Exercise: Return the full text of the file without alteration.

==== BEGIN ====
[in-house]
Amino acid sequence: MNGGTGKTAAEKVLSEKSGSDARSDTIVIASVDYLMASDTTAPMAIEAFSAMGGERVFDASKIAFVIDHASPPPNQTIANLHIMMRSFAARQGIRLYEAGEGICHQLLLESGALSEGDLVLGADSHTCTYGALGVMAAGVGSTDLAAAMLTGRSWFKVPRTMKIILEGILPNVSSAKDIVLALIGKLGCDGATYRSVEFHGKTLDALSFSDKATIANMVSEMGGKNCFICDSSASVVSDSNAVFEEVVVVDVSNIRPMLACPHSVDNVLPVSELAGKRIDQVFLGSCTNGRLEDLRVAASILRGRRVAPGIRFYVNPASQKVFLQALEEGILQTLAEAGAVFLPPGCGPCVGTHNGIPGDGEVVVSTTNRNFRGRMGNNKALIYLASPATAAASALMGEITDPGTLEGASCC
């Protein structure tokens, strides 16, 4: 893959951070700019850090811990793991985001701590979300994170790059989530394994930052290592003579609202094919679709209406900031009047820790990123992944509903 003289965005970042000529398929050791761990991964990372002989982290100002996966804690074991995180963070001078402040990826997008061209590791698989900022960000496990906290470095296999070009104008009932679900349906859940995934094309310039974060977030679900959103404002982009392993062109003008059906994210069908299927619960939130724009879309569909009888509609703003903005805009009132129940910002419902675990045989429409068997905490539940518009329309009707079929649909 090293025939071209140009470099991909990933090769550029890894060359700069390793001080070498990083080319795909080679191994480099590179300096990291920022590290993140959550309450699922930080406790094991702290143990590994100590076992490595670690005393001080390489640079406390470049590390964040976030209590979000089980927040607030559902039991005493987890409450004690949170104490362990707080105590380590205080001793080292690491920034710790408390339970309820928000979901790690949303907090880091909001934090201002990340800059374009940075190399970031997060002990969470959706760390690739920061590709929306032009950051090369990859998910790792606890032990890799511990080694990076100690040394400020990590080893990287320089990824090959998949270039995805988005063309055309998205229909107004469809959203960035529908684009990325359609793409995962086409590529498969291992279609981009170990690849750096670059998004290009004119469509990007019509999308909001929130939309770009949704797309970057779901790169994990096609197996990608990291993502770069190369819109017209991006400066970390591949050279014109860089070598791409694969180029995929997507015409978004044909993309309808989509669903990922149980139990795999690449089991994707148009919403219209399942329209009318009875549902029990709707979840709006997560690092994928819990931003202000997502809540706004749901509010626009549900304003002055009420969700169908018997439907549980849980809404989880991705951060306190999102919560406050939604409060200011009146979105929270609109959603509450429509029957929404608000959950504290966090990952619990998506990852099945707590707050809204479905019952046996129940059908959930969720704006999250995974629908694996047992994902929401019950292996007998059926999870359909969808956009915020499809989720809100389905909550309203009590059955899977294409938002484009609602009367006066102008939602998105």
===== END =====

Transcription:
[in-house]
Amino acid sequence: MNGGTGKTAAEKVLSEKSGSDARSDTIVIASVDYLMASDTTAPMAIEAFSAMGGERVFDASKIAFVIDHASPPPNQTIANLHIMMRSFAARQGIRLYEAGEGICHQLLLESGALSEGDLVLGADSHTCTYGALGVMAAGVGSTDLAAAMLTGRSWFKVPRTMKIILEGILPNVSSAKDIVLALIGKLGCDGATYRSVEFHGKTLDALSFSDKATIANMVSEMGGKNCFICDSSASVVSDSNAVFEEVVVVDVSNIRPMLACPHSVDNVLPVSELAGKRIDQVFLGSCTNGRLEDLRVAASILRGRRVAPGIRFYVNPASQKVFLQALEEGILQTLAEAGAVFLPPGCGPCVGTHNGIPGDGEVVVSTTNRNFRGRMGNNKALIYLASPATAAASALMGEITDPGTLEGASCC
């Protein structure tokens, strides 16, 4: 893959951070700019850090811990793991985001701590979300994170790059989530394994930052290592003579609202094919679709209406900031009047820790990123992944509903 003289965005970042000529398929050791761990991964990372002989982290100002996966804690074991995180963070001078402040990826997008061209590791698989900022960000496990906290470095296999070009104008009932679900349906859940995934094309310039974060977030679900959103404002982009392993062109003008059906994210069908299927619960939130724009879309569909009888509609703003903005805009009132129940910002419902675990045989429409068997905490539940518009329309009707079929649909 090293025939071209140009470099991909990933090769550029890894060359700069390793001080070498990083080319795909080679191994480099590179300096990291920022590290993140959550309450699922930080406790094991702290143990590994100590076992490595670690005393001080390489640079406390470049590390964040976030209590979000089980927040607030559902039991005493987890409450004690949170104490362990707080105590380590205080001793080292690491920034710790408390339970309820928000979901790690949303907090880091909001934090201002990340800059374009940075190399970031997060002990969470959706760390690739920061590709929306032009950051090369990859998910790792606890032990890799511990080694990076100690040394400020990590080893990287320089990824090959998949270039995805988005063309055309998205229909107004469809959203960035529908684009990325359609793409995962086409590529498969291992279609981009170990690849750096670059998004290009004119469509990007019509999308909001929130939309770009949704797309970057779901790169994990096609197996990608990291993502770069190369819109017209991006400066970390591949050279014109860089070598791409694969180029995929997507015409978004044909993309309808989509669903990922149980139990795999690449089991994707148009919403219209399942329209009318009875549902029990709707979840709006997560690092994928819990931003202000997502809540706004749901509010626009549900304003002055009420969700169908018997439907549980849980809404989880991705951060306190999102919560406050939604409060200011009146979105929270609109959603509450429509029957929404608000959950504290966090990952619990998506990852099945707590707050809204479905019952046996129940059908959930969720704006999250995974629908694996047992994902929401019950292996007998059926999870359909969808956009915020499809989720809100389905909550309203009590059955899977294409938002484009609602009367006066102008939602998105």